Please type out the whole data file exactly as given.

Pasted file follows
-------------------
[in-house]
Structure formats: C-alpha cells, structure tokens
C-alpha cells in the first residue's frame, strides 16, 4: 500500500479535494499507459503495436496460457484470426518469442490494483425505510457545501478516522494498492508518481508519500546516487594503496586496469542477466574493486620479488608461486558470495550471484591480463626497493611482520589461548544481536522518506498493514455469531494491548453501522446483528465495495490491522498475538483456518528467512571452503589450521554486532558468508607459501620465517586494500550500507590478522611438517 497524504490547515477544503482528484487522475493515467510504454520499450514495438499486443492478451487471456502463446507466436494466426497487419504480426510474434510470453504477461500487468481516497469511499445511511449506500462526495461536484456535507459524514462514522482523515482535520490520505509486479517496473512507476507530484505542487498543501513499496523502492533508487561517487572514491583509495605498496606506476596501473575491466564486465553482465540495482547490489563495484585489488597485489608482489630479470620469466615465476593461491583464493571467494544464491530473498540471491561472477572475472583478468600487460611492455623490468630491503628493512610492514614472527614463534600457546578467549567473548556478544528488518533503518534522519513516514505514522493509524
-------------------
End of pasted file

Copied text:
[in-house]
Structure formats: C-alpha cells, structure tokens
C-alpha cells in the first residue's frame, strides 16, 4: 500500500479535494499507459503495436496460457484470426518469442490494483425505510457545501478516522494498492508518481508519500546516487594503496586496469542477466574493486620479488608461486558470495550471484591480463626497493611482520589461548544481536522518506498493514455469531494491548453501522446483528465495495490491522498475538483456518528467512571452503589450521554486532558468508607459501620465517586494500550500507590478522611438517 497524504490547515477544503482528484487522475493515467510504454520499450514495438499486443492478451487471456502463446507466436494466426497487419504480426510474434510470453504477461500487468481516497469511499445511511449506500462526495461536484456535507459524514462514522482523515482535520490520505509486479517496473512507476507530484505542487498543501513499496523502492533508487561517487572514491583509495605498496606506476596501473575491466564486465553482465540495482547490489563495484585489488597485489608482489630479470620469466615465476593461491583464493571467494544464491530473498540471491561472477572475472583478468600487460611492455623490468630491503628493512610492514614472527614463534600457546578467549567473548556478544528488518533503518534522519513516514505514522493509524